How long would Roy Keane last had he been the chosen Manchester United legend installed to replace José Mourinho 13 months ago?
That was the hypothetical question posed by Eoin Sheahan to Ger Gilroy on OTB AM Wednesday morning when as the pair debated the deep potholes in place at Old Trafford these days.
When Mourinho's reign at Old Trafford came to a miserable end after a 3-1 defeat to Liverpool at Anfield in December 2018, there were calls for someone who knew the club well and felt its meaning passionately to reinstate the obscured values of Manchester United.
The club's hierarchy selected Alex Ferguson-favourite (and fan idol) Ole Gunnar Solskjaer and, it's safe to say, the last year has seen more downs than ups during the Norweigan's turbulent tenure. On Wednesday morning's OTB AM, the co-hosts discussed whether Roy Keane could have had a more galvanising effect on the club.
"His track record as a manager is about as good as Solskjaer's," Ger Gilroy noted.
"Sunderland won the Championship [in the 2006/07 season] with a record points total at the time coming from the bottom of the table when he took over. That was a good achievement.
"He kept them up in his first season in the Premier League and they were doing okay in his second season in the Premier League when he got sacked. I think he probably would have survived again", Ger felt.
Would Roy Keane be doing better with #ManchesterUnited than Ole Gunnar Solskjaer? | #MUFC @gergilroy & @EoinSheahan considered the following:
✅ Ed Woodward - no football man!
✅ Players of a better quality
✅ Keane's superior managerial record
What do you reckon? 🤔 pic.twitter.com/w4e8CyopyI
— Off The Ball (@offtheball) January 22, 2020
In comparison, Solskjaer - a league and cup winner as manager of Molde in his native Norway - only had one season's experience as a manager in England, the in the 2013/14 campaign, during which he was relegated with Cardiff City.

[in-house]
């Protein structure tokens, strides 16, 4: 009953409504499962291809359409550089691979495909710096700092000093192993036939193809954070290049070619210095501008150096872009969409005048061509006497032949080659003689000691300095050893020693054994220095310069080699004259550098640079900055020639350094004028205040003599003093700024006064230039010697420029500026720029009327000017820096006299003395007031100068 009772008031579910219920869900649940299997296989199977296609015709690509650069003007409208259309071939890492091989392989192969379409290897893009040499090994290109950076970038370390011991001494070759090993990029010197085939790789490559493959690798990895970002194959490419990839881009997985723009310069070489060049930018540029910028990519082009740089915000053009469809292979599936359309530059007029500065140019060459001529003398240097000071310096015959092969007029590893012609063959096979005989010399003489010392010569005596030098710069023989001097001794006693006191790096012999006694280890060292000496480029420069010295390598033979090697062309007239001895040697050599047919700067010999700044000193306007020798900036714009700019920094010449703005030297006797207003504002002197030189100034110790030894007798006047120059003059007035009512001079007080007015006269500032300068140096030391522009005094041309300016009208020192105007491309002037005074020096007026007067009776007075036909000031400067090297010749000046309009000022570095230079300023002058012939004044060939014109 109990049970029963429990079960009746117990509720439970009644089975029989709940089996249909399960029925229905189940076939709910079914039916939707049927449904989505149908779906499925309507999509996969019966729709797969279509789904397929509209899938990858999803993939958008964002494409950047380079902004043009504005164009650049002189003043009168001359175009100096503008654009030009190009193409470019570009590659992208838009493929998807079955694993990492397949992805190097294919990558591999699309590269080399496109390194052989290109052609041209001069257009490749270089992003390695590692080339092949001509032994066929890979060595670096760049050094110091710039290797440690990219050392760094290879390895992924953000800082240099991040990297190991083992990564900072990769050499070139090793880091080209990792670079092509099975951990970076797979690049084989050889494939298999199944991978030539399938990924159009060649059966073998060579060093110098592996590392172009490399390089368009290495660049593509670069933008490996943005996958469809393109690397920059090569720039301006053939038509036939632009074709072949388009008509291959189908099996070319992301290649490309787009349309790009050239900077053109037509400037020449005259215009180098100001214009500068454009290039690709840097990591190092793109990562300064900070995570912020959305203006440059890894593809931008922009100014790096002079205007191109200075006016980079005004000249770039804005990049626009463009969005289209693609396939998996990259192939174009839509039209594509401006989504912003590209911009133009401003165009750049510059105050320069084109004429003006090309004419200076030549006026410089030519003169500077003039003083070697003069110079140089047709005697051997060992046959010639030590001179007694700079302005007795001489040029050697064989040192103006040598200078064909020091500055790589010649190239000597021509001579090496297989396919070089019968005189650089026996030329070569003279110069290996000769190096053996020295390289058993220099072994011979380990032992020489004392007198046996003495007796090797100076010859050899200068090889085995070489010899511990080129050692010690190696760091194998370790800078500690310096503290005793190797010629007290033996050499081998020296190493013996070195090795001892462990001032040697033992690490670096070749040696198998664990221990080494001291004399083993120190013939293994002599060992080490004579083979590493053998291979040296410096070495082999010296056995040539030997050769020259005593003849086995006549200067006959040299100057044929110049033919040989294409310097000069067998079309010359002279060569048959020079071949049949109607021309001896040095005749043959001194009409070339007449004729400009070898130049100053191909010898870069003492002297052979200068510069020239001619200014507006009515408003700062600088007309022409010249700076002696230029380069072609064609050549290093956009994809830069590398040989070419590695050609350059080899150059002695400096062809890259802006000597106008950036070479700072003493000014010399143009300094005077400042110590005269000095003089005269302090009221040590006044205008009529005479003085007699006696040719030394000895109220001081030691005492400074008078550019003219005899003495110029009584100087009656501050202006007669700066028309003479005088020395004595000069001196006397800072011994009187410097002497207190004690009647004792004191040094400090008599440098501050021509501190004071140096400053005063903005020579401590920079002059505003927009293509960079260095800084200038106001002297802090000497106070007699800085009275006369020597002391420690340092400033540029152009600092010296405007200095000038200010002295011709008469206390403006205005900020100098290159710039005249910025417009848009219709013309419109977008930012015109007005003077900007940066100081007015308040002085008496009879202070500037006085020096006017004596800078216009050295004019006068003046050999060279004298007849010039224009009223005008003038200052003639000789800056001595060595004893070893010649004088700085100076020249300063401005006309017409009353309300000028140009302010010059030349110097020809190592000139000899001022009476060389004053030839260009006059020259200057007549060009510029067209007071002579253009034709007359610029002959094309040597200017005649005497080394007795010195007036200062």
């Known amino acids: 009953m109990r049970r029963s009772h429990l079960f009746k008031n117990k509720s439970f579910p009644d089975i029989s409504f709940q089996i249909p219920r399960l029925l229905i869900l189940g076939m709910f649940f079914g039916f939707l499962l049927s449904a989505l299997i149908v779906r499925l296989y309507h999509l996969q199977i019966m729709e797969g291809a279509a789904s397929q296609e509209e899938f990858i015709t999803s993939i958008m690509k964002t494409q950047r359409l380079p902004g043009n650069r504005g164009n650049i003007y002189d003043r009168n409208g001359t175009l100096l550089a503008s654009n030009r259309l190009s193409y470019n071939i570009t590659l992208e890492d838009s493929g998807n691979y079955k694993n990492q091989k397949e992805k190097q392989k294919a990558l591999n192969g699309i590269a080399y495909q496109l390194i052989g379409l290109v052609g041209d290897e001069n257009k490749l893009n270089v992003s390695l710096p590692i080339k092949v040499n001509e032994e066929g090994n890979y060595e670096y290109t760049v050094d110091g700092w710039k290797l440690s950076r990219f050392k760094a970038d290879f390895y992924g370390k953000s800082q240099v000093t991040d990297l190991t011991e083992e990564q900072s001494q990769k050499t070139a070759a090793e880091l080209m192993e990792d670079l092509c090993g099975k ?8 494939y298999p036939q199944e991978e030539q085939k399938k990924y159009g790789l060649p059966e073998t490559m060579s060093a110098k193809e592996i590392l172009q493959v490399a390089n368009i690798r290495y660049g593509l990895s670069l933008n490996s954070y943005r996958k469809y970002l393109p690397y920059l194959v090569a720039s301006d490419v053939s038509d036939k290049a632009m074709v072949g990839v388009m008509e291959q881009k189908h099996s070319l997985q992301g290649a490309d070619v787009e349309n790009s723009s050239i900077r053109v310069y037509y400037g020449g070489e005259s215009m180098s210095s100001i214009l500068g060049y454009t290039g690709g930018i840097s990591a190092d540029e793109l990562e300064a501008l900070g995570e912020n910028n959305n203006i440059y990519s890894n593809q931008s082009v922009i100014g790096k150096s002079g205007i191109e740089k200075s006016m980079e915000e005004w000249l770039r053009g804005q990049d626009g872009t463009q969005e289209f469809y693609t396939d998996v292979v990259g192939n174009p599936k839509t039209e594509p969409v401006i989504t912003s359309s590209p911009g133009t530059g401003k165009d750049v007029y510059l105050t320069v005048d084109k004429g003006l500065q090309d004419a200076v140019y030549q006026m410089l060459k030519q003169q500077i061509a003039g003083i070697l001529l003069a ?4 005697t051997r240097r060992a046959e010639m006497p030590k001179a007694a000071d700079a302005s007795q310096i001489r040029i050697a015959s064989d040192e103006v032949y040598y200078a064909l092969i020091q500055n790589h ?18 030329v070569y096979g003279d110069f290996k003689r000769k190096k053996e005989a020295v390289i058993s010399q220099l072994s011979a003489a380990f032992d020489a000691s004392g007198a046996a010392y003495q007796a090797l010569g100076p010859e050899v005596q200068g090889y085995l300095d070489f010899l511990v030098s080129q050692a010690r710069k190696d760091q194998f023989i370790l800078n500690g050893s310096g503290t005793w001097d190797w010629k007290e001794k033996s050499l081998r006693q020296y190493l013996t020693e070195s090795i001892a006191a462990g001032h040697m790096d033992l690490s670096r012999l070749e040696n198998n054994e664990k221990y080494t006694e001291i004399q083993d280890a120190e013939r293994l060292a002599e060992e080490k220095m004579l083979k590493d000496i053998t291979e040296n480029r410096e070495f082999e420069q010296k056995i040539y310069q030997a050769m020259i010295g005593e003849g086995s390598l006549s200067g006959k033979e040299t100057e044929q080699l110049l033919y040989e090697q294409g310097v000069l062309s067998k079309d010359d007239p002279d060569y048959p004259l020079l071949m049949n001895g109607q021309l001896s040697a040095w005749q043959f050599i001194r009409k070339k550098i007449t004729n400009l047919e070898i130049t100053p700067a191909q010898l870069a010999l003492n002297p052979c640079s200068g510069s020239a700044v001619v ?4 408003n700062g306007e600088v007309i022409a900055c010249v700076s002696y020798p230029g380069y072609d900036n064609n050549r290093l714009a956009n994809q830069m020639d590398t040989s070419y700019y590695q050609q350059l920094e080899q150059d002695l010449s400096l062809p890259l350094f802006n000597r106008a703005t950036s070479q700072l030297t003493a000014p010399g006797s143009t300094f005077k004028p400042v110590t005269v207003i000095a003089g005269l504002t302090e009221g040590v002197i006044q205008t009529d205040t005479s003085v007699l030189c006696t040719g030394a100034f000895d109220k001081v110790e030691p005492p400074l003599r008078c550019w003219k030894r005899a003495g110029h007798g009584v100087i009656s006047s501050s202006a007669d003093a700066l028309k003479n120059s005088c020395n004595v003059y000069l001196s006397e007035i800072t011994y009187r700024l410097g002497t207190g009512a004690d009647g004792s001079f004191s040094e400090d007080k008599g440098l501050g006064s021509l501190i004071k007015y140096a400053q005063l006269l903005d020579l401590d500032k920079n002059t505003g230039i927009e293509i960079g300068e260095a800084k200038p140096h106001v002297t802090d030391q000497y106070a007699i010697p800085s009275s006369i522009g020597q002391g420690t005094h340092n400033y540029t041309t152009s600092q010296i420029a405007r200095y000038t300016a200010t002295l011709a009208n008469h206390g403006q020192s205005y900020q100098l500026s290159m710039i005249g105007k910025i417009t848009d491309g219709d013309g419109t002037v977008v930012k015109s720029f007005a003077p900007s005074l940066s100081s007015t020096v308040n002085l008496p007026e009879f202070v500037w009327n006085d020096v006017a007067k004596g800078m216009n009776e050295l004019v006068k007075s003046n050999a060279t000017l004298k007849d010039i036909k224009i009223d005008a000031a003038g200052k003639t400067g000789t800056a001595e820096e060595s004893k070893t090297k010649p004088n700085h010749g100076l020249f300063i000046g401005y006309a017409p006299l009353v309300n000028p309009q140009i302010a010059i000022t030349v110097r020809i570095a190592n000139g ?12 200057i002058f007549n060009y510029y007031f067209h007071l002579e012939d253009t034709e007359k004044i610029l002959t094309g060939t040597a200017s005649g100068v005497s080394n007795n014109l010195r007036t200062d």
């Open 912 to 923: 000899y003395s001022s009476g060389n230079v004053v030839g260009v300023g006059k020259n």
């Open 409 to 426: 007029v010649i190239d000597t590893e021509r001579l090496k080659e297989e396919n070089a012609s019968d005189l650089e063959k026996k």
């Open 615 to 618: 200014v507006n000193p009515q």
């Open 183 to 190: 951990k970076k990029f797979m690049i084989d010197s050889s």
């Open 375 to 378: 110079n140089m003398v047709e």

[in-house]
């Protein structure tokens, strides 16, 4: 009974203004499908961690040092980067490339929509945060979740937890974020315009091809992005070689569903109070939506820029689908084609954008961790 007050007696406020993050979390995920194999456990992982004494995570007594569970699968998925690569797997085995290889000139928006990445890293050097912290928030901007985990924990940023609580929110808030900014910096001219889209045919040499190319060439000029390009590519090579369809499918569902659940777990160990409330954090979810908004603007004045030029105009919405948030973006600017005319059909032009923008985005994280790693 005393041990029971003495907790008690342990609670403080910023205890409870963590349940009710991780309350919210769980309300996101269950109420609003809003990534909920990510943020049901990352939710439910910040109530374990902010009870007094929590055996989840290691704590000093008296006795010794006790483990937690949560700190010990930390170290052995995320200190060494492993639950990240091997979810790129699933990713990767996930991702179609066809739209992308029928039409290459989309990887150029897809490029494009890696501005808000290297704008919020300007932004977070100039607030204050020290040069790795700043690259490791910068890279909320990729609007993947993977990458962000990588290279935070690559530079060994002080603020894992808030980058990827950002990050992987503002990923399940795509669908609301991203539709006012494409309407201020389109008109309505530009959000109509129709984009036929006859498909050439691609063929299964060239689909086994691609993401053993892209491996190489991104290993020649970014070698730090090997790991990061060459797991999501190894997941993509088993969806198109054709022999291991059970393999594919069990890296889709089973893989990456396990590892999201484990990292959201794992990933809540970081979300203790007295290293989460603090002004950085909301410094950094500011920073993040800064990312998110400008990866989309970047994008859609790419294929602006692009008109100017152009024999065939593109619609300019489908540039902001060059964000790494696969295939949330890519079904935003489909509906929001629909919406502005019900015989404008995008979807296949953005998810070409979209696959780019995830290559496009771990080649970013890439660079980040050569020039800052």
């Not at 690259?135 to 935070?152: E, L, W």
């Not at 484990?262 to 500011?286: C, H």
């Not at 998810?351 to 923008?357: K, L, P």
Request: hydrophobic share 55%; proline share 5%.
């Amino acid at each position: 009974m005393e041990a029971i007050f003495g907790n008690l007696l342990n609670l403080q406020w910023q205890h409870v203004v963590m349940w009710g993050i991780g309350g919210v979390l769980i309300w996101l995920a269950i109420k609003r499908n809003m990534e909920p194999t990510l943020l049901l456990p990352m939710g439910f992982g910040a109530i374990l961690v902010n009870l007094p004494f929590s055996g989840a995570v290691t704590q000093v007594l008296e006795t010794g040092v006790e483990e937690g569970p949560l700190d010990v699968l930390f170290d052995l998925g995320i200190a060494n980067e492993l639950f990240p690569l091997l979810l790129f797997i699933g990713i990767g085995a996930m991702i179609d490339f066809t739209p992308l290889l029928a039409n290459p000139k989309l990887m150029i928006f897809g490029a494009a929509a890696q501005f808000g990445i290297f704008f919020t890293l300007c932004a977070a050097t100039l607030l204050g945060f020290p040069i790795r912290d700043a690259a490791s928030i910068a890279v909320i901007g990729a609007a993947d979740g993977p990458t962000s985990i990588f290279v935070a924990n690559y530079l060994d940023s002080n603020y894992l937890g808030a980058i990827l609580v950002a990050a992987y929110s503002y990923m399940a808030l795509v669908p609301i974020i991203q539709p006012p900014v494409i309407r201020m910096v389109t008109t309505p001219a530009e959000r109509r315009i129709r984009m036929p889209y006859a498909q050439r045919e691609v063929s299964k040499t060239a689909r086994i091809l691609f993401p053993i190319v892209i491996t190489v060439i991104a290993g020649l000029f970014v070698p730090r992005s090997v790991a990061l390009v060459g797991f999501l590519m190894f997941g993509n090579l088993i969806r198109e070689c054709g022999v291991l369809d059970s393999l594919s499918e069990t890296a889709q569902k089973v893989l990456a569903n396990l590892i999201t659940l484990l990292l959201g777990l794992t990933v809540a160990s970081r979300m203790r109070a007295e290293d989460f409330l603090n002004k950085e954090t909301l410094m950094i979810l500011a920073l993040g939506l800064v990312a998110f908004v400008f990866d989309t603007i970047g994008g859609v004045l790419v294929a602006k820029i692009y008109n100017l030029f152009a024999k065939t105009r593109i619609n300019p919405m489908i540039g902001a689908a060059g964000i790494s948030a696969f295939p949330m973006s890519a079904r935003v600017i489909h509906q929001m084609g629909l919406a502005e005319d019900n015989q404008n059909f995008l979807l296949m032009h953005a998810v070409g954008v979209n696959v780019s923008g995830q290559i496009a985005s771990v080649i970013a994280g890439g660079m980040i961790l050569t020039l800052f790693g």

"The Sunderland achievement is certainly better than what Solskjaer has achieved as a manager. The problem is that it happened quite an amount of time ago," Eoin added.
While one of Keane's biggest frustrations in coaching has often been when his players aren't up to his standards, Ger argued that shouldn't be the case at United: "When he's telling the midfielders to get on the ball and pass it they could do that because they are Man United and they spent £55 million on these guys."
"He wouldn't have that frustration of dealing with players who are inferior to their opposition."
One aspect of managing the club that Keane would certainly differ from Solskjaer, Eoin noted, would be dealing with the club's hierarchy and their failings.
"You can just imagine the interaction between Keane and his superiors at Manchester United as opposed to Solskjaer and his superiors at United - there would be more tension there."
That's a situation, Ger countered, that Ed Woodward would do his best to avoid, saying; "Would Woodward ever put himself in a situation where he's going to be in a room with Roy Keane where Keane is like, 'We need to do this'? I don't think he is!"